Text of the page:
That said, I have seen people who write some pretty stupid and ignorant comments on this Q&A forum, but I have also seen a few people state simple facts for the purpose of displaying facts and then get accused of being ignorant or even racist. So let me point something out. When most people in the U.S. think of illegal immigrants, they think of Mexicans and other people from Central and South American countries. This is not because of some inherent dislike for Mexicans or any Hispanic culture, or at least not for most. The facts show that most illegal immigrants ARE from Mexico and other Hispanic nations. According to a report published by the Pew Hispanic Center (a division of the Pew Research Center), Mexicans make up about 57% of the illegal immigrants in the U.S. with another 24% coming from Central American and South American countries. That would account for approximately 81% of the illegal immigrants in the Untied States. Also, in numerous polls published in various magazines and by various organizations shows that a vast majority of Central and South American Hispanics, particularly Mexican believe that they have the right to enter the U.S. at any time regardless of the law. (This does not go over well with most Americans. About 82% of Americans according to a Time magazine poll believe that the border should be locked down tighter and the U.S. isn’t doing enough to prevent illegal immigration. 61% of U.S. citizens polled said they are less sympathetic to illegal aliens as a result of the Immigration protests last year. But to balance that out, 78% of Americas are in favor of allowing illegal immigrants already in the U.S. citizenship if they learn English, are gainfully employed and pay taxes. 72% are in favor of allowing illegal immigrants to get temporary US work visas. Only 52% said of the U.S. Citizens polled by Zogby believe there should be no amnesty of any sort.)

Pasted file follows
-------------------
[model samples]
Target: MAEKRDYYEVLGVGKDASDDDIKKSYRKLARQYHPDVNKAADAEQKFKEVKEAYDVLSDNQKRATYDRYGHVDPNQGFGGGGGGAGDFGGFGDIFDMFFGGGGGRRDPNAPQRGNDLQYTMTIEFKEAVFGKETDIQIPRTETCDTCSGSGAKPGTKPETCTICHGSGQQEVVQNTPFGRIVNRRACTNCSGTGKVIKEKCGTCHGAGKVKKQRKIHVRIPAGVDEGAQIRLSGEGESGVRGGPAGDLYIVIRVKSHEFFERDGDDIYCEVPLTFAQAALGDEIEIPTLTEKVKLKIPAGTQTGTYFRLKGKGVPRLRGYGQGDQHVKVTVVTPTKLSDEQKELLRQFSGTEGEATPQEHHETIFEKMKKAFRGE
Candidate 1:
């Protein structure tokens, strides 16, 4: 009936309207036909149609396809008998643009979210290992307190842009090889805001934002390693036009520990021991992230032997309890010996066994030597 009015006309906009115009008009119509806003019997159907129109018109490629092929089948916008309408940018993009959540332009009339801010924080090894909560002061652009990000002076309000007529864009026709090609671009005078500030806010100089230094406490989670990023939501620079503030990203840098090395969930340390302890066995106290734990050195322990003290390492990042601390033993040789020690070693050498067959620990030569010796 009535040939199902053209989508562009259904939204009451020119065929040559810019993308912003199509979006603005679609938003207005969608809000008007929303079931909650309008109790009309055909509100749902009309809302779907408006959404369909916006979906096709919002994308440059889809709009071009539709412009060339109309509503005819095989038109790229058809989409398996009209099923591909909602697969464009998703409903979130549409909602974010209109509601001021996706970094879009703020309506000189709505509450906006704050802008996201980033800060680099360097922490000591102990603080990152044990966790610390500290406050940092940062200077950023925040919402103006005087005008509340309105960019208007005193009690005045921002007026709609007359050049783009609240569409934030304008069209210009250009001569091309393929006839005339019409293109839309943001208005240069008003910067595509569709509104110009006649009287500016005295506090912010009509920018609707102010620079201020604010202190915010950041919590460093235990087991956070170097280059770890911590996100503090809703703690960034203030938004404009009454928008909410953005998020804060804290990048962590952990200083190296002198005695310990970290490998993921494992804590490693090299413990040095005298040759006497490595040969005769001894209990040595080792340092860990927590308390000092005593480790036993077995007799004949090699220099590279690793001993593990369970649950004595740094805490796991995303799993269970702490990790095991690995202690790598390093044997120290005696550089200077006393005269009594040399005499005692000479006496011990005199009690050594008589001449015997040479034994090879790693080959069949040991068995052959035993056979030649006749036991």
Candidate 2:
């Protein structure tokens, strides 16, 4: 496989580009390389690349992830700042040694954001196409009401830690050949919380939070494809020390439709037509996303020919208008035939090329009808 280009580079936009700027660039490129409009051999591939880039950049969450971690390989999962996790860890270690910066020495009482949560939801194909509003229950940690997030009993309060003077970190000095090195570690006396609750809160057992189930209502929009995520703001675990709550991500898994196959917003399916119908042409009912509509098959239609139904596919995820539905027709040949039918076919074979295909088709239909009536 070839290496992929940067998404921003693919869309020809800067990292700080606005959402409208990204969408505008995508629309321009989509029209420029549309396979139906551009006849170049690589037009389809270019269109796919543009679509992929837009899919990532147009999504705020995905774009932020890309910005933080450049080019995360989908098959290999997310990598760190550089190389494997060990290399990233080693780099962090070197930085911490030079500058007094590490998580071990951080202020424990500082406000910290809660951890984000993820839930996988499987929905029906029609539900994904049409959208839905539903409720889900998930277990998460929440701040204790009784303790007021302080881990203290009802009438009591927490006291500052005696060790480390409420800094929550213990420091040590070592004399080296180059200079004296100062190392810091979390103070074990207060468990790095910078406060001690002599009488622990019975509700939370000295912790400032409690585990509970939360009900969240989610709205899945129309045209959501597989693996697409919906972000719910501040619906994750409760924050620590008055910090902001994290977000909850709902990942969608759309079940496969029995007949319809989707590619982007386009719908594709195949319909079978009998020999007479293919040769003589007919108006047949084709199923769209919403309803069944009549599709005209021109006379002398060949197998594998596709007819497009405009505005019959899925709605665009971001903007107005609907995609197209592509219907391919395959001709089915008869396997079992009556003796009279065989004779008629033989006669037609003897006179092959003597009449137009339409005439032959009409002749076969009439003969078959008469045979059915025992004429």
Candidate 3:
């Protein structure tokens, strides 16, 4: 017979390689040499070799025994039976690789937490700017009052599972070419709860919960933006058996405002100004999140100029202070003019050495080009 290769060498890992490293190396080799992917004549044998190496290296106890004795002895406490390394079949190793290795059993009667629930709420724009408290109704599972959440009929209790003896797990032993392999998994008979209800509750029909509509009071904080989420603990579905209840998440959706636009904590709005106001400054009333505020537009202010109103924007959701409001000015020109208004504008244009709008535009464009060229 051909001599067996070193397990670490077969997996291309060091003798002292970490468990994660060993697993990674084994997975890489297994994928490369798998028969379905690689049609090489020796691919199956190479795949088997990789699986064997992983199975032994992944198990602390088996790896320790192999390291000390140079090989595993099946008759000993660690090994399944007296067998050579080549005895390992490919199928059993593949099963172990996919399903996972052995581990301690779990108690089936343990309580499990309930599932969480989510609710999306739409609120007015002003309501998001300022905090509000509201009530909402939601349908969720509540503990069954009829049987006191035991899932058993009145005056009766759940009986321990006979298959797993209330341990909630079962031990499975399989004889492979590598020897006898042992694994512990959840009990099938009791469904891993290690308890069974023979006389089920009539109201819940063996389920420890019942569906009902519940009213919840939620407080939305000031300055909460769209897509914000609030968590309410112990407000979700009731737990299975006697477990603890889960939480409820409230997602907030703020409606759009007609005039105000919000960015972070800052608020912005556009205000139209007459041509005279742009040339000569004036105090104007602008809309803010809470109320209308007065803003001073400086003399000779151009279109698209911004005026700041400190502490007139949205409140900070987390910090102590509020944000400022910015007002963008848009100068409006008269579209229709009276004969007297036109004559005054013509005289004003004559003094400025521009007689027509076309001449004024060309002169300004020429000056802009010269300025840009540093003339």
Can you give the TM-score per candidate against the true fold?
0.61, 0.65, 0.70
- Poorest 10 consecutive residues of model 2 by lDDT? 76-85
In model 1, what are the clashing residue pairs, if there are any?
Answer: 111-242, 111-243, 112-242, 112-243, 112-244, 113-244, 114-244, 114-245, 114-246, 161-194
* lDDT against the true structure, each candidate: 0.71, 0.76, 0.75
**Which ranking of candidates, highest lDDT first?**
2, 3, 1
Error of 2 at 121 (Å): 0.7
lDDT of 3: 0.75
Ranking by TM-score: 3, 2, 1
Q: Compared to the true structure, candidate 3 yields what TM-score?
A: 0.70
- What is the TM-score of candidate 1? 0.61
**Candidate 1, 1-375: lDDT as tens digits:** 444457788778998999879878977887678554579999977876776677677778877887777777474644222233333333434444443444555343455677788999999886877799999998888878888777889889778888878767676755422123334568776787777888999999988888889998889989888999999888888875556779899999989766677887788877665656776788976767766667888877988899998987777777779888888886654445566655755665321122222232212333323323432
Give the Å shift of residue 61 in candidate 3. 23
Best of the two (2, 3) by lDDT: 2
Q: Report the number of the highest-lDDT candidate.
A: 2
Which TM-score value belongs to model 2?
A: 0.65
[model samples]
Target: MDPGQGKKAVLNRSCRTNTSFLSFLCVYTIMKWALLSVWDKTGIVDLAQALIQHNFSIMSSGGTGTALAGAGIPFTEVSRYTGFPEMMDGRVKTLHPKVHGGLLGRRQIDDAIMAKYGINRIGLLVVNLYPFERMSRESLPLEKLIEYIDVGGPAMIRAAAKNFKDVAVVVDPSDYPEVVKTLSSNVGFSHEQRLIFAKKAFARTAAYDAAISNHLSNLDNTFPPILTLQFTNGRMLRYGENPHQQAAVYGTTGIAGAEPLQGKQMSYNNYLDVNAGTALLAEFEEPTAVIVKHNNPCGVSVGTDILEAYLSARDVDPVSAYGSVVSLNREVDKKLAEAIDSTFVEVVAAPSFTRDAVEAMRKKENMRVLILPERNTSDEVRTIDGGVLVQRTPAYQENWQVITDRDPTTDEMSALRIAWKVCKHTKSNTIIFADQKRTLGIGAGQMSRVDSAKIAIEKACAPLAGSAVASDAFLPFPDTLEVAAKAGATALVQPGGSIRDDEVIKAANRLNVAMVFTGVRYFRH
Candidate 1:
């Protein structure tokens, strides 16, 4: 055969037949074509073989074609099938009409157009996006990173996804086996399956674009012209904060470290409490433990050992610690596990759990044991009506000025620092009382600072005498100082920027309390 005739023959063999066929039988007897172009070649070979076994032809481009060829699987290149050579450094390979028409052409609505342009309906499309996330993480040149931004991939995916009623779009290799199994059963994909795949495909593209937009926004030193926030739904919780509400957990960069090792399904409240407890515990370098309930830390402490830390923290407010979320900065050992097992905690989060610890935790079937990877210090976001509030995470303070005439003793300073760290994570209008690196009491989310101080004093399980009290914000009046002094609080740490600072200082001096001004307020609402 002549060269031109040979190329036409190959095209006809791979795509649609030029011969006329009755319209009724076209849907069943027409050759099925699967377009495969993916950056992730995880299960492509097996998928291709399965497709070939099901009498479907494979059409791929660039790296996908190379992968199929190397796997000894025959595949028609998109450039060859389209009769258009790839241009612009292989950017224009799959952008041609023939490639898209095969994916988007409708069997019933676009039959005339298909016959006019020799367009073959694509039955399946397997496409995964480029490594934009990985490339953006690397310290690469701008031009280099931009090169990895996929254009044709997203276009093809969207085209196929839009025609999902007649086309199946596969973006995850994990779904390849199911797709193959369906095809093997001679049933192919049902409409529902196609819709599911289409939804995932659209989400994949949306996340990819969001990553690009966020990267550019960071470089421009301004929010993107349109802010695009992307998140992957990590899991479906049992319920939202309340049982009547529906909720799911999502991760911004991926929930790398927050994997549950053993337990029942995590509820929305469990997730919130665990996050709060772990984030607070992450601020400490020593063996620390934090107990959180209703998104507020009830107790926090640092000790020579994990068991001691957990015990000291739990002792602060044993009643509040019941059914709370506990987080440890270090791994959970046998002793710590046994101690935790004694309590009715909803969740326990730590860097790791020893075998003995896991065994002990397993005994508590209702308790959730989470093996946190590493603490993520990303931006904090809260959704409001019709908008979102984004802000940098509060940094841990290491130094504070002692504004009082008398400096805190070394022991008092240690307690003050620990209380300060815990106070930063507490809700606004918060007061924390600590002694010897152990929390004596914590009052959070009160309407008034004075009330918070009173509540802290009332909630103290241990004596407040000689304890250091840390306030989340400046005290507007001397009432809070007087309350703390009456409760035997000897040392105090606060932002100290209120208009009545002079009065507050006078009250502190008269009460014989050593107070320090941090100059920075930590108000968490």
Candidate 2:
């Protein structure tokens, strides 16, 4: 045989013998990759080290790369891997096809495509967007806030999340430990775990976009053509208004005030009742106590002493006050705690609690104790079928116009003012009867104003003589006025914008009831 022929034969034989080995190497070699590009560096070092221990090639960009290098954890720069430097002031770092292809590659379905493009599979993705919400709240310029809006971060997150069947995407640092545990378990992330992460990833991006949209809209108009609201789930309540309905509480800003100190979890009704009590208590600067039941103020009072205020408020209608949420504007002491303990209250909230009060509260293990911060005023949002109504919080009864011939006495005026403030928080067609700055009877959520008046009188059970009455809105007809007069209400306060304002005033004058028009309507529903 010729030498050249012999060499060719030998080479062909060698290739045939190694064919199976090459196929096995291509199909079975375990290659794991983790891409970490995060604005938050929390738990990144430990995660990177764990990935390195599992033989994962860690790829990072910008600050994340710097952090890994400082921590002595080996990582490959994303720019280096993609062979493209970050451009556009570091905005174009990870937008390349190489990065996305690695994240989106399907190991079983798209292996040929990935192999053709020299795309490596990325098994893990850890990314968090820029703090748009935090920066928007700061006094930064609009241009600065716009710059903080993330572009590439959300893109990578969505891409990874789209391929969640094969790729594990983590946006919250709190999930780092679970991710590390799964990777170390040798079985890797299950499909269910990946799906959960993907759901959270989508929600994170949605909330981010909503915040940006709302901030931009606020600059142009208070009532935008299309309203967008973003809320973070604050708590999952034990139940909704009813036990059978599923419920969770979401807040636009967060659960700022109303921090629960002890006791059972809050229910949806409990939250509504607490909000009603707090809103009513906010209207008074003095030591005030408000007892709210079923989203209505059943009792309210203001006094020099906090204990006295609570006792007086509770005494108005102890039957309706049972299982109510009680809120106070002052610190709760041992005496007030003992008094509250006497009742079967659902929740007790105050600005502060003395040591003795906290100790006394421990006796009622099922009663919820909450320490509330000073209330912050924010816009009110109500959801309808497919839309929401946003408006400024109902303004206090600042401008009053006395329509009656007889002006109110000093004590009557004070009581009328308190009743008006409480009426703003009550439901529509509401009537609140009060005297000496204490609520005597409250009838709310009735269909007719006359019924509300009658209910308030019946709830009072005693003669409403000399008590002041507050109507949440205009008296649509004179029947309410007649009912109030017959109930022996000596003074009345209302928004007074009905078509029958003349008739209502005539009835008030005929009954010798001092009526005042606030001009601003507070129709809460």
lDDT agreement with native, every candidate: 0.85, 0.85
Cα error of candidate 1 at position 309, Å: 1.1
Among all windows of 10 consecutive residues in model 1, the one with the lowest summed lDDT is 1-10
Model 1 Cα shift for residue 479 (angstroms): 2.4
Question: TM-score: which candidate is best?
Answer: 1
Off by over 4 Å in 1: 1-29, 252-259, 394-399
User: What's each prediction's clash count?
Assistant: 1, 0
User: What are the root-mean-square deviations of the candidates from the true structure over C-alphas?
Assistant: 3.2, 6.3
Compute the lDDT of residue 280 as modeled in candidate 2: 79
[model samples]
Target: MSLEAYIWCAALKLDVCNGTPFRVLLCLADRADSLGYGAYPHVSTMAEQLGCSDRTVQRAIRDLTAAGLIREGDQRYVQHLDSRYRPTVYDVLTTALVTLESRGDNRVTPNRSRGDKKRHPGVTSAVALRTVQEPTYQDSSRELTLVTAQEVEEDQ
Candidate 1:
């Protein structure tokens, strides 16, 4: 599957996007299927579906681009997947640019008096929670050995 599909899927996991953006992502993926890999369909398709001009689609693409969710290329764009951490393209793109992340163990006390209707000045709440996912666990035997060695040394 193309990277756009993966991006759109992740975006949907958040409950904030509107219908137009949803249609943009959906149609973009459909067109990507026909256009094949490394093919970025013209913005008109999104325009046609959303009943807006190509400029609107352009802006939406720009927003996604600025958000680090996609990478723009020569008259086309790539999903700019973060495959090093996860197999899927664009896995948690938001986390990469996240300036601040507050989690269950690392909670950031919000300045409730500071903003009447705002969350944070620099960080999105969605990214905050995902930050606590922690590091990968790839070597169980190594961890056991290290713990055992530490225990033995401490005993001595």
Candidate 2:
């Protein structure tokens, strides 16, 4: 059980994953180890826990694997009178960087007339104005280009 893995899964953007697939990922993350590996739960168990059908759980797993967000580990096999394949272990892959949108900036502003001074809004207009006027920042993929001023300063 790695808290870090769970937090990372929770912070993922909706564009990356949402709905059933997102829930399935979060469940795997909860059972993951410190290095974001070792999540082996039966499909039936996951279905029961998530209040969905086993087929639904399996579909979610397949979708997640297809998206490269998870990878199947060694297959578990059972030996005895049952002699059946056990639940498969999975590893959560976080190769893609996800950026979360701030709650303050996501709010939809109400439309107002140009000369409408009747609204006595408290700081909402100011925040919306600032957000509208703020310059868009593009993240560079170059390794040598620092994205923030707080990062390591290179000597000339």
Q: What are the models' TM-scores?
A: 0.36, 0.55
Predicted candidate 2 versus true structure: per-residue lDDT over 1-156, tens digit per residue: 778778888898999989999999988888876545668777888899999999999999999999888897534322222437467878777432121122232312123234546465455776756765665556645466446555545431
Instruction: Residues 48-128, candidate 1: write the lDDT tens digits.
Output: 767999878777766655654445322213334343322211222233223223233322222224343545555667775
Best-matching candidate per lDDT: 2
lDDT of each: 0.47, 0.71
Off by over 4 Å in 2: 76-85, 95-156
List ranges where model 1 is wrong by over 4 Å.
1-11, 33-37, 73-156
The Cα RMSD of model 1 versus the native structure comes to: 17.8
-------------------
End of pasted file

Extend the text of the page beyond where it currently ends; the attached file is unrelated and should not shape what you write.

Still, a good friend of mine, a Nationalized Citizen originally from Mexico, came to the U.S. worked hard and earned his citizenship. He did it all legally as have many of his friends and all of his family members. Those he knows that are illegal, he tries to convince to find a way to become legal. On a side note, he is also very proud of his Mexican heritage as well as his new U.S. home.

    Personally, I think our immigrations laws are a little too stringent, and I do believe we need to make a few (okay, many) changes, however, until that happens, illegal aliens, whether from Mexico, China, Belgium, Canada or Paraguay should be prosecuted and expelled. Then again, I think anyone dumb enough to group all people together based on nationality should be expelled too, even if they are citizens. (I have a very low tolerance for bigotry in particular and any form of stupidity in general)